Let’s face it, motocross is not a cheap sport. When races cost around $30 per class, then paying for gas (both bike and vehicle), parts that break, memberships, and the list goes on. Although it seems like dirt bike racing is only for the wealthy, especially in this economy, I can help get you get started into this awesome sport by showing you how to find a cheap race bike. Not a beat-up POS, but something that runs or may just need some TLC.
This Is A RACE Bike We’re Talking About Here
Before I go into much detail, there are a couple things I must tell you. If you aren’t willing to do some mechanical work, or even learn how, there’s no use buying a motocross bike. If you want to buy a dirt bike and not have to do much of anything to it, get a Honda XR. Motocross bikes are high-tech race machines, so they will break sooner or later. By keeping up on simple maintenance you will help prevent major failures and big repair bills, though.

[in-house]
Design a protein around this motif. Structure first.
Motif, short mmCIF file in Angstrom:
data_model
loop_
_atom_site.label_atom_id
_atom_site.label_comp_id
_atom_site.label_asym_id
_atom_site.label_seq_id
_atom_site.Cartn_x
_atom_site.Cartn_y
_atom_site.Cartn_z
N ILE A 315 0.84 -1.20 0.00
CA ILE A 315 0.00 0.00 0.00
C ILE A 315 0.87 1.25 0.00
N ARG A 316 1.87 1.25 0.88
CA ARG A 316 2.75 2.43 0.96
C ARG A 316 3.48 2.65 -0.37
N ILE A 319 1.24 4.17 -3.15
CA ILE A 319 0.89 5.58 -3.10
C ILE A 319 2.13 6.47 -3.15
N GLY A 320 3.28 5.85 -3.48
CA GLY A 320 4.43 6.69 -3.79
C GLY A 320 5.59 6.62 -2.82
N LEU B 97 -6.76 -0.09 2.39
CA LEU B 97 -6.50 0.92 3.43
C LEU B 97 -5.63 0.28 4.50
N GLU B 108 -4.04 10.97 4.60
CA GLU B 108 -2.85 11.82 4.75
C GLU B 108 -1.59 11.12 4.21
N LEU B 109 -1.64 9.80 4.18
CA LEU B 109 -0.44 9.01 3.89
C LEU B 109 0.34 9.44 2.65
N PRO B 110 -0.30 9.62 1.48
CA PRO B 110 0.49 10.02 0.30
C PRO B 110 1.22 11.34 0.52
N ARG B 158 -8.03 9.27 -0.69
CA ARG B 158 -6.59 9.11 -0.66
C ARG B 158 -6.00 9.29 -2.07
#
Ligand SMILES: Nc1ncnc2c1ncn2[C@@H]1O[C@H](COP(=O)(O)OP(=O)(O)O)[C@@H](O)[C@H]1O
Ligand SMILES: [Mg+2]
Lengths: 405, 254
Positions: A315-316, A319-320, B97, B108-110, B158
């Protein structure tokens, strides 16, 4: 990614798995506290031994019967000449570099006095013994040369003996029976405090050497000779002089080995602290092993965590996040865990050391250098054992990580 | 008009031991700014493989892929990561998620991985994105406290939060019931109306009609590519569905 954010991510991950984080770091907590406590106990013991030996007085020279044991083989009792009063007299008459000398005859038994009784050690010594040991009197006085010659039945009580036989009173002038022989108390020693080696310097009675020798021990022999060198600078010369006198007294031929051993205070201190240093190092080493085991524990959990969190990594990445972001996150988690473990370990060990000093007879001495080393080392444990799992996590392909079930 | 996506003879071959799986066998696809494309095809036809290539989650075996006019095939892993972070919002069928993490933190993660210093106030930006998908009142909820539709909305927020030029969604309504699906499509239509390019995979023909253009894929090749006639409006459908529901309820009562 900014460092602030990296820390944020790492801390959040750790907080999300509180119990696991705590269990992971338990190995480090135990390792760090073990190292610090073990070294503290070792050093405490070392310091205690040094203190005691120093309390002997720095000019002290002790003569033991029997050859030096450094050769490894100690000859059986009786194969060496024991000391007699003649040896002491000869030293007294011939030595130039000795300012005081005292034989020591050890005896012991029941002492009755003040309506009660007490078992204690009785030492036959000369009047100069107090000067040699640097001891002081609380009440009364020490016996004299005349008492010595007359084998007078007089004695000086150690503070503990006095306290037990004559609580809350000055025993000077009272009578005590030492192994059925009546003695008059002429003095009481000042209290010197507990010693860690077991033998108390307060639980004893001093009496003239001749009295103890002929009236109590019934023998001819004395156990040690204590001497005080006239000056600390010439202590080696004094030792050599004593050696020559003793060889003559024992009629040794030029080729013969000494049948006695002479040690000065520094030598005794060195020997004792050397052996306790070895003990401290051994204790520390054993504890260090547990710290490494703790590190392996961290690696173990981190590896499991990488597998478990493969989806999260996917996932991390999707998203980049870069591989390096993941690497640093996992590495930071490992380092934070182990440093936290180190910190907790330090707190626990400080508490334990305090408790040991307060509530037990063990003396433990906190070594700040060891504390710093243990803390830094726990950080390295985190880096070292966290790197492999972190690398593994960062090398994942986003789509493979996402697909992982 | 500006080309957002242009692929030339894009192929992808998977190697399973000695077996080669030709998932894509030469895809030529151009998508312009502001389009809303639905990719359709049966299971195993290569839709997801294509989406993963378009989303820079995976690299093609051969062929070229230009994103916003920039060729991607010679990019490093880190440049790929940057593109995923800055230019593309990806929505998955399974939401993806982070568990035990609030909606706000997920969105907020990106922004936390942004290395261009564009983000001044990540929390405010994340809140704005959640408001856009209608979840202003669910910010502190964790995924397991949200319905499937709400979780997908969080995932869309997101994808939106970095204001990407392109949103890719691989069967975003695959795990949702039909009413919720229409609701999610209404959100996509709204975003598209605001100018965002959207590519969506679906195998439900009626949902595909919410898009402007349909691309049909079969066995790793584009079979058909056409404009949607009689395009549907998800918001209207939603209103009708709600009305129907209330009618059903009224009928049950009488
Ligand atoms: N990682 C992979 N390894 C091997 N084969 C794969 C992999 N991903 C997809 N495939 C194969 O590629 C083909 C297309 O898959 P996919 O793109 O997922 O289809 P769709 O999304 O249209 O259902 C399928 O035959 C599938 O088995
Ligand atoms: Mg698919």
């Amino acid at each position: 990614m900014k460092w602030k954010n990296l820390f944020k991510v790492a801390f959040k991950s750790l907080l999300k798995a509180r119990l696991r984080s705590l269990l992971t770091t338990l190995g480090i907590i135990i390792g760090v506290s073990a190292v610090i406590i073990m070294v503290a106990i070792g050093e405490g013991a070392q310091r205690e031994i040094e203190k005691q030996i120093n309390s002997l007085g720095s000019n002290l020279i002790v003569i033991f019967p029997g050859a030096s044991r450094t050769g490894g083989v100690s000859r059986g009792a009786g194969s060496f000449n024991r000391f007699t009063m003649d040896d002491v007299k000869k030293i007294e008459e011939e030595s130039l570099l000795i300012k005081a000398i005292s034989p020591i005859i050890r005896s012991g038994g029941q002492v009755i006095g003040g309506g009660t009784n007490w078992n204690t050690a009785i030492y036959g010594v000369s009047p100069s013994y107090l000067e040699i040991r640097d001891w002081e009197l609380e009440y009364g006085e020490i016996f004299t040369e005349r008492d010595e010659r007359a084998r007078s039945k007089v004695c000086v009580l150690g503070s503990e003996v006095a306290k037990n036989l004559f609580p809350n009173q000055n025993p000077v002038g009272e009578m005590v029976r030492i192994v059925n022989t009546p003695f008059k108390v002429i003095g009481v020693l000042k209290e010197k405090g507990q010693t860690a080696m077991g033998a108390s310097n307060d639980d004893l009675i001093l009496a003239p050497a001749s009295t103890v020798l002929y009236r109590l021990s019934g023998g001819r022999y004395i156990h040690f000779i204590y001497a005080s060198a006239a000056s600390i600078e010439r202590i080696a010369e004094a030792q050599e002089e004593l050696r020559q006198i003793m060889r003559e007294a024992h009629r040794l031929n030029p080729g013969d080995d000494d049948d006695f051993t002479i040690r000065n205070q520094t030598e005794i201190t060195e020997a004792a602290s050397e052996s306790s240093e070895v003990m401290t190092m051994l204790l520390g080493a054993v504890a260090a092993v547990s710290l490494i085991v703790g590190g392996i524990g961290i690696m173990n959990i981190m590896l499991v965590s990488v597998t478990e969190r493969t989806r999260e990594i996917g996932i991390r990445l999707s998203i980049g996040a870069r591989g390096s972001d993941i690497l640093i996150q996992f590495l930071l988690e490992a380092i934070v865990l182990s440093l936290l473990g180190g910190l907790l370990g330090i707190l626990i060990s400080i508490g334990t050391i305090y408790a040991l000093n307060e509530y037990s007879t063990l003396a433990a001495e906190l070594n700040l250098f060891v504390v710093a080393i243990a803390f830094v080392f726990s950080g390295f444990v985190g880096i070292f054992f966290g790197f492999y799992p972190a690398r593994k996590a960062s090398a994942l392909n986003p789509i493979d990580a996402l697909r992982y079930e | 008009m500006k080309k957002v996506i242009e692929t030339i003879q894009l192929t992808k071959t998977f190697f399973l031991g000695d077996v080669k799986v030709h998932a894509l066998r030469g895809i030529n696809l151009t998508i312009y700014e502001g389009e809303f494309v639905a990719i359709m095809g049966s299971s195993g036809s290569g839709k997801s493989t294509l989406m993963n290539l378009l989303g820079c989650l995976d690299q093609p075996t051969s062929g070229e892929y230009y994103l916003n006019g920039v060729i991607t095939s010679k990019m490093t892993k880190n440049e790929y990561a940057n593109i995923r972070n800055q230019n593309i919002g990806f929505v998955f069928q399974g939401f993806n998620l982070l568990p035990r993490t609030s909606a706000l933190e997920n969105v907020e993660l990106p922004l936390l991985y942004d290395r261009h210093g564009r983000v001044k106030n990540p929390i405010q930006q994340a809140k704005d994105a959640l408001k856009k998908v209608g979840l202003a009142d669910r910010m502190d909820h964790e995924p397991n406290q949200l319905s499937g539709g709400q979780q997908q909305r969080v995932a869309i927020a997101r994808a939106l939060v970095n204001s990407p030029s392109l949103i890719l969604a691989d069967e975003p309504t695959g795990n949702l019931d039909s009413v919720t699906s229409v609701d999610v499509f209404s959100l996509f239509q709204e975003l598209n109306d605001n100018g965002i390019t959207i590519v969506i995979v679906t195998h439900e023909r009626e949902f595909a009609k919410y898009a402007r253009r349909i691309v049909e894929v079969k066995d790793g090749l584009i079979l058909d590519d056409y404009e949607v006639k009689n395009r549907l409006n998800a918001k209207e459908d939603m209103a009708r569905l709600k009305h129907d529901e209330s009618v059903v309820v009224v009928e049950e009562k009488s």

Lastly, before I get started, if you are on a budget then do not get a four-stroke motocross bike……. I repeat, DO NOT buy a four-stroke. Although they are easier to ride faster and have many advantages over two-strokes, you don’t want to get one and have to put 2k into it because it ran out of oil or dropped a valve. You’ll be right back where you started. If you really want to stay on a budget then start out with a two-stroke, trust me.
What Bikes Are Good?
Now the reason I said $1500 is because you almost always have to put some money into a used dirt bike. You should be able to find a decent bike for around $1000, so you have 400-500 if it needs any work. There are many good two-strokes to start out on, so finding one shouldn’t be that difficult. The hard part is finding one that hasn’t been beat on and neglected, too much. Yamaha’s have always made great two-strokes, both 125 and 250’s. 2001 and newer were excellent bikes. If you want a 6-speed YZ125 then don’t get a 2002-2004, but that doesn’t mean they are bad bikes. 2005 and newer would be the optimum choice because they switched to all-aluminum frames, but finding a cheap one may take some time.